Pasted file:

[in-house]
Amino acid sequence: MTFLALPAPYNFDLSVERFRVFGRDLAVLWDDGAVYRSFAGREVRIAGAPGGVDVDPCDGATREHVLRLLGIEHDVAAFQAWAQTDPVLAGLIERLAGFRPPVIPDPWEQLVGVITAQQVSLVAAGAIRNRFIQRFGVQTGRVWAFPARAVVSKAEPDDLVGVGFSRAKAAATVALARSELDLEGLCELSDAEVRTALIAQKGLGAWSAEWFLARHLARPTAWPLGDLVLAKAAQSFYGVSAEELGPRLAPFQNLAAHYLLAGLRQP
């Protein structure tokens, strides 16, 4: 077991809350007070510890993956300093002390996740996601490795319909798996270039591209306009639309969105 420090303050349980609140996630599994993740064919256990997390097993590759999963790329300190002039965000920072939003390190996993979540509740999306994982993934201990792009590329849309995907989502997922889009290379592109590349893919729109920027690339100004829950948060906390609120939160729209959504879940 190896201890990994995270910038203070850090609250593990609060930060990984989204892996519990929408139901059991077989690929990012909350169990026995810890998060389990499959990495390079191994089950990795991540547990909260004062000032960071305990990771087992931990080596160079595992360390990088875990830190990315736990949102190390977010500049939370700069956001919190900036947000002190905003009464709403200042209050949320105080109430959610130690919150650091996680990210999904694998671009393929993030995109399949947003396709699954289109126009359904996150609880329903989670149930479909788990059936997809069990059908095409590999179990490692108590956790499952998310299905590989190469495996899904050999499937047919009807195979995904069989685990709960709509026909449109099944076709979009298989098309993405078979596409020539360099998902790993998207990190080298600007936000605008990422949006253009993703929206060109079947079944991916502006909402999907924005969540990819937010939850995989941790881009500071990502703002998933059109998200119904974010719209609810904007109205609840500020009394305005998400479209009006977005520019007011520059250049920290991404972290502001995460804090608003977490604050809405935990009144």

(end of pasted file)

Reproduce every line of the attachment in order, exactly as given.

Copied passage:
[in-house]
Amino acid sequence: MTFLALPAPYNFDLSVERFRVFGRDLAVLWDDGAVYRSFAGREVRIAGAPGGVDVDPCDGATREHVLRLLGIEHDVAAFQAWAQTDPVLAGLIERLAGFRPPVIPDPWEQLVGVITAQQVSLVAAGAIRNRFIQRFGVQTGRVWAFPARAVVSKAEPDDLVGVGFSRAKAAATVALARSELDLEGLCELSDAEVRTALIAQKGLGAWSAEWFLARHLARPTAWPLGDLVLAKAAQSFYGVSAEELGPRLAPFQNLAAHYLLAGLRQP
């Protein structure tokens, strides 16, 4: 077991809350007070510890993956300093002390996740996601490795319909798996270039591209306009639309969105 420090303050349980609140996630599994993740064919256990997390097993590759999963790329300190002039965000920072939003390190996993979540509740999306994982993934201990792009590329849309995907989502997922889009290379592109590349893919729109920027690339100004829950948060906390609120939160729209959504879940 190896201890990994995270910038203070850090609250593990609060930060990984989204892996519990929408139901059991077989690929990012909350169990026995810890998060389990499959990495390079191994089950990795991540547990909260004062000032960071305990990771087992931990080596160079595992360390990088875990830190990315736990949102190390977010500049939370700069956001919190900036947000002190905003009464709403200042209050949320105080109430959610130690919150650091996680990210999904694998671009393929993030995109399949947003396709699954289109126009359904996150609880329903989670149930479909788990059936997809069990059908095409590999179990490692108590956790499952998310299905590989190469495996899904050999499937047919009807195979995904069989685990709960709509026909449109099944076709979009298989098309993405078979596409020539360099998902790993998207990190080298600007936000605008990422949006253009993703929206060109079947079944991916502006909402999907924005969540990819937010939850995989941790881009500071990502703002998933059109998200119904974010719209609810904007109205609840500020009394305005998400479209009006977005520019007011520059250049920290991404972290502001995460804090608003977490604050809405935990009144």